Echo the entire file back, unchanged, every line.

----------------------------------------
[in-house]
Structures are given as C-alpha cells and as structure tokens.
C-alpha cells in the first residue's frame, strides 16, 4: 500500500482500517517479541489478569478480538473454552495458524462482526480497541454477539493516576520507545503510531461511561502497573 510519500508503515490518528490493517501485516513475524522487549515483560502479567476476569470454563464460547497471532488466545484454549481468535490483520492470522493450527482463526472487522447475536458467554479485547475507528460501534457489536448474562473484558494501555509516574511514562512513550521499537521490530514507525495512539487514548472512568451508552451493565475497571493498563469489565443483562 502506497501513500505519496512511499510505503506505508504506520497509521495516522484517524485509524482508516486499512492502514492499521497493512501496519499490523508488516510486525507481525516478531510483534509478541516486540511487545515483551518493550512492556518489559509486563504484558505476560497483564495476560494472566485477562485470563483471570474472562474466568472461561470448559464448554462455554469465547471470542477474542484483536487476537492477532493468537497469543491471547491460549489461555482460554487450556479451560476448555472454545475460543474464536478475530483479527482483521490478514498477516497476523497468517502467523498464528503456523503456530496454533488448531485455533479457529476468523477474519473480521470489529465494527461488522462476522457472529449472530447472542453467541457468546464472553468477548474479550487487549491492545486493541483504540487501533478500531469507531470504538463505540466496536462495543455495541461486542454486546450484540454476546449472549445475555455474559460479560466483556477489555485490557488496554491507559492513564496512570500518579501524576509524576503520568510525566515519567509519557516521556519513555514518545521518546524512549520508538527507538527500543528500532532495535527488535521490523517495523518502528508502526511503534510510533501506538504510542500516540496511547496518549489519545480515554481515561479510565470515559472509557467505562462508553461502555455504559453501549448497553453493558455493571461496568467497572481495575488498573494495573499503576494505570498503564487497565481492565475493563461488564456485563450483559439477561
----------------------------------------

[in-house]
Structures are given as C-alpha cells and as structure tokens.
C-alpha cells in the first residue's frame, strides 16, 4: 500500500482500517517479541489478569478480538473454552495458524462482526480497541454477539493516576520507545503510531461511561502497573 510519500508503515490518528490493517501485516513475524522487549515483560502479567476476569470454563464460547497471532488466545484454549481468535490483520492470522493450527482463526472487522447475536458467554479485547475507528460501534457489536448474562473484558494501555509516574511514562512513550521499537521490530514507525495512539487514548472512568451508552451493565475497571493498563469489565443483562 502506497501513500505519496512511499510505503506505508504506520497509521495516522484517524485509524482508516486499512492502514492499521497493512501496519499490523508488516510486525507481525516478531510483534509478541516486540511487545515483551518493550512492556518489559509486563504484558505476560497483564495476560494472566485477562485470563483471570474472562474466568472461561470448559464448554462455554469465547471470542477474542484483536487476537492477532493468537497469543491471547491460549489461555482460554487450556479451560476448555472454545475460543474464536478475530483479527482483521490478514498477516497476523497468517502467523498464528503456523503456530496454533488448531485455533479457529476468523477474519473480521470489529465494527461488522462476522457472529449472530447472542453467541457468546464472553468477548474479550487487549491492545486493541483504540487501533478500531469507531470504538463505540466496536462495543455495541461486542454486546450484540454476546449472549445475555455474559460479560466483556477489555485490557488496554491507559492513564496512570500518579501524576509524576503520568510525566515519567509519557516521556519513555514518545521518546524512549520508538527507538527500543528500532532495535527488535521490523517495523518502528508502526511503534510510533501506538504510542500516540496511547496518549489519545480515554481515561479510565470515559472509557467505562462508553461502555455504559453501549448497553453493558455493571461496568467497572481495575488498573494495573499503576494505570498503564487497565481492565475493563461488564456485563450483559439477561